Whether you’re stockpiling food or just organizing your first kitchen, be sure to include lots of spices on your list of necessities. By having the following essentials on hand, you’ll already have all the spices you need for almost any meal. And in addition to being able to flavor your food, you’ll also be able to heal many ailments.
First, you may wonder about the terms “spice” and “herb.” While most of us tend to use the terms interchangeably, there are some differences between them. Spices are the dried seeds, roots, bark, flower buds or undeveloped fruit of a plant, and they tend to be more potent than herbs. Herbs are generally the leaves of non-wooded plants.
For instance, cinnamon, saffron, mustard, ginger, and cloves are spices. Rosemary, oregano, parsley, and chives are herbs. In this article, we will use the term “spice” for both types of seasonings.
Although most spices do not “go bad,” they do lose their potency with time. Whole herbs and spices are best for long-term storage and for best flavor. Use a mortar and pestle to crush, grind and powder your whole spices.
Now, in alphabetical order, here are 27 essential spices for your home pantry.
1. Bay Leaves – Use these small dried leaves to add flavor and aroma to soups, stews, and marinades. You also can use bay leaves to ward off insects in your pantry.
2. Black Peppercorns – If you have always used pre-ground pepper, you owe it to yourself to discover the rich taste of freshly ground pepper. Whole peppercorns last indefinitely and can be used to flavor just about any dish.
3. Cayenne Pepper – Made from spicy red peppers, this spice is used in many Indian and Cajun recipes. It also doubles as an insect repellent when spread around window ledges or doorways and has many healing properties.
4. Celery Seed – Use this pungent spice in soups and stews when you do not have fresh celery on hand.
5. Chili Powder – As the dried, pulverized fruit of the chili pepper, chili powder adds rich flavor to beans. Its distinctive heat is an essential part of many Mexican and Southwestern recipes.
6. Cinnamon – With its warm, bittersweet flavor, cinnamon is great for cakes and cookies, and it adds flavor and an earthy quality to stews, curries, and chilies. Cinnamon also has many traditional medicinal uses.
7. Cloves – Use this strong spice sparingly to add flavor and richness to your baked goods – especially around holiday time.
8. Coriander – This spice is regularly used in Indian food, but it also makes a great in spice rubs for fish and chicken.
9. Cumin – Ground from a small seed, cumin is an essential part of many Indian and Middle Eastern dishes. Rich in iron and calcium, the aromatic spice also aids in digestion.
10. Curry Powder – This popular blend contains as many as 20 spices, including coriander, turmeric, and cumin. Count in it to fill your home with pleasant aromas.
12. Fennel Seeds – With its licorice-like flavor, fennel seeds are an important component of homemade sausage as well as Italian sauces.
13. Garlic Powder – Packed with antioxidants, garlic powder is great to have on hand when you are out of fresh garlic.
14. Ginger – Ground ginger can be used in both savory and sweet dishes. It also is a well-known remedy for nausea and digestive issues.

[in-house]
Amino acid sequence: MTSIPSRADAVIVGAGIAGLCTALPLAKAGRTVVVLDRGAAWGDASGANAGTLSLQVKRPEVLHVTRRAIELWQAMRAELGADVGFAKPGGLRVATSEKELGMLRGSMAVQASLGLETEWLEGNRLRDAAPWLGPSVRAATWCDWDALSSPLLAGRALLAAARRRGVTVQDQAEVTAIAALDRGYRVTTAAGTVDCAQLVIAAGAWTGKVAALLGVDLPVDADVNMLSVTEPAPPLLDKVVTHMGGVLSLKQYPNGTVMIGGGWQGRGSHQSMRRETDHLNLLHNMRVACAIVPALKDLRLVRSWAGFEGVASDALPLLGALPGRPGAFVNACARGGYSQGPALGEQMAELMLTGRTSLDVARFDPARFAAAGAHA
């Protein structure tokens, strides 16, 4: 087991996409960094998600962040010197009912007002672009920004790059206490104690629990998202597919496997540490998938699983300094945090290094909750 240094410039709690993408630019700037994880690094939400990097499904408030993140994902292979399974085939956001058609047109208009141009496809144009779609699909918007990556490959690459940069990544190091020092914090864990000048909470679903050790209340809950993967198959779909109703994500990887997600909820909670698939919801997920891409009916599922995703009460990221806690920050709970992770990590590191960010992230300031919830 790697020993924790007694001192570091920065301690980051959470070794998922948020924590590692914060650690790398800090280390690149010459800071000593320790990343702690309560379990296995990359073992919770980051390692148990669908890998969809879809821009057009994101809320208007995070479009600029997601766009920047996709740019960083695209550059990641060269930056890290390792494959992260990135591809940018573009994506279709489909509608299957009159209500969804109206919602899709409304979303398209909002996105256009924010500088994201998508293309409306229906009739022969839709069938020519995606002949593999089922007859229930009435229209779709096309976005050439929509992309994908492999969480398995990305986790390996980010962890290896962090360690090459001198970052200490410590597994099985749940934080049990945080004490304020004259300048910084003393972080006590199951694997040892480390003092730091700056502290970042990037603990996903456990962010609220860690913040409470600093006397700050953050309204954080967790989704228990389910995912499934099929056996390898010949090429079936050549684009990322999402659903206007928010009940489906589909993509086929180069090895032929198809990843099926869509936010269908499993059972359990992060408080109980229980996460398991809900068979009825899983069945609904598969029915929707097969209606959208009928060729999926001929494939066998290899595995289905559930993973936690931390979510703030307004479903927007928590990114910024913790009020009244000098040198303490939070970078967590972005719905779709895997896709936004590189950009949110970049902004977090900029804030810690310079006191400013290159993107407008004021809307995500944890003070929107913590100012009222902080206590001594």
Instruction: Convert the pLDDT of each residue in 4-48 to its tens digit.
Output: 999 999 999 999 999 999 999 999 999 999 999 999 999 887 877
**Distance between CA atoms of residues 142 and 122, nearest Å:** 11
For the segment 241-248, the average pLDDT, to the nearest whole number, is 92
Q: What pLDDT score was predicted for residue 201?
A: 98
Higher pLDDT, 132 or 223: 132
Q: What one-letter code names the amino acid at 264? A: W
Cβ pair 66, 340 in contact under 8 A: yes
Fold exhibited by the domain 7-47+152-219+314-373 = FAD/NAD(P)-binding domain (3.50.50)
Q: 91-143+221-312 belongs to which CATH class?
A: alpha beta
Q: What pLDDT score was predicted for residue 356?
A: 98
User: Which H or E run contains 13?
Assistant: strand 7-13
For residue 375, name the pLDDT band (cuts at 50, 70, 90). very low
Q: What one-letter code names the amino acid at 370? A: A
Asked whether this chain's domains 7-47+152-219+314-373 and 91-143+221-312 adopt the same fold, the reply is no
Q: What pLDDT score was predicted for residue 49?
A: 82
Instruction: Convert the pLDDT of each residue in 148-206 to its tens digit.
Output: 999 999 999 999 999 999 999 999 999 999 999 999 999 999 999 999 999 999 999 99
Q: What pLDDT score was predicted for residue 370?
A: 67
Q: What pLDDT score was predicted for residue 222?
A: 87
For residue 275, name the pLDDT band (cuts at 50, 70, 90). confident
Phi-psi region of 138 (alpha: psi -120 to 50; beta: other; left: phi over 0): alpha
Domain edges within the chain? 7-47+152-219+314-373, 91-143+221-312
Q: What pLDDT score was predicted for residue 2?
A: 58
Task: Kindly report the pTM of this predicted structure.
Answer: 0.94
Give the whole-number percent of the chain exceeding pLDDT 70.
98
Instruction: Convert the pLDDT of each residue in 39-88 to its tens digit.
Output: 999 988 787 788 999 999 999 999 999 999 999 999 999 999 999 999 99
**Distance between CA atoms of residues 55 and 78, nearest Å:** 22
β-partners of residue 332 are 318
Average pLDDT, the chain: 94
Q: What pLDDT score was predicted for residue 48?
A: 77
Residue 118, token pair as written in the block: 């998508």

15. Mustard Powder – You can add bold flavor to beef and poultry dishes, sauces, gravies and marinades with this powerful spice.
16. Nutmeg – Use this fragrant, warm spice in baking and as a flavoring for baked vegetable dishes.
17. Onion Powder – This essential spice is useful in dried, freeze-dried and dehydrated forms. Keep it handy for when you don’t have a fresh onion on hand to add flavor to your meals.
18. Oregano – This robust spice is commonly added to Mediterranean, Cajun and South American dishes.
19. Paprika – Ground from sweet red pepper pods, this spice is available in both sweet and hot varieties. Use it sparingly to season meats, seafood, and vegetables, or sprinkle it on deviled eggs.
20. Crushed Red Pepper – Often added as a pizza topping or as a pasta flavoring, crushed red pepper is made from crushed red chili.
21. Rosemary – With its woodsy and almost lemony aroma, rosemary flavors many Mediterranean dishes. Researchers have found that smelling this potent herb can benefit the brain’s cognitive function.
22. Sage – These aromatic leaves help season poultry and pork dishes.
23. Sesame Seeds – With their sweet, nutty taste, sesame seeds are a flavorful addition to many dishes. Store them in the freezer if you can, however, since these seeds can spoil due to their high oil content.
24. Tarragon – This fragrant slightly bittersweet herb is part of many French recipes, and it offers medicinal benefits as well.
26. Turmeric – Known as a healing spice, turmeric is the main spice in curry. It also has been used for centuries for making dyes and perfumes.
27. Vanilla Extract – Made by soaking vanilla beans in alcohol, vanilla extract is an important element in many cake and cookie recipes. Choose pure vanilla extract over the less expensive imitation varieties, which have unnatural additives and flavorings.
For best long-term storage, keep spices in airtight containers in a cool, dry place, away from exposure to direct sunlight. If you’d like to keep spices handy in your kitchen, that means you should find a spot away from your cooking area, dishwasher and refrigerator, where steam and/or heat can affect their potency.
Smell your spices before using them each time. If you no longer detect a distinctive aroma – or worse, you smell something offensive – it is time to replace them. Many online retailers sell high-quality spices at competitive prices.
Were you were wondering why salt isn’t on our list? The reason is that salt is not an herb or a spice, but a mineral. However, you definitely should store some sea salt in your pantry, too.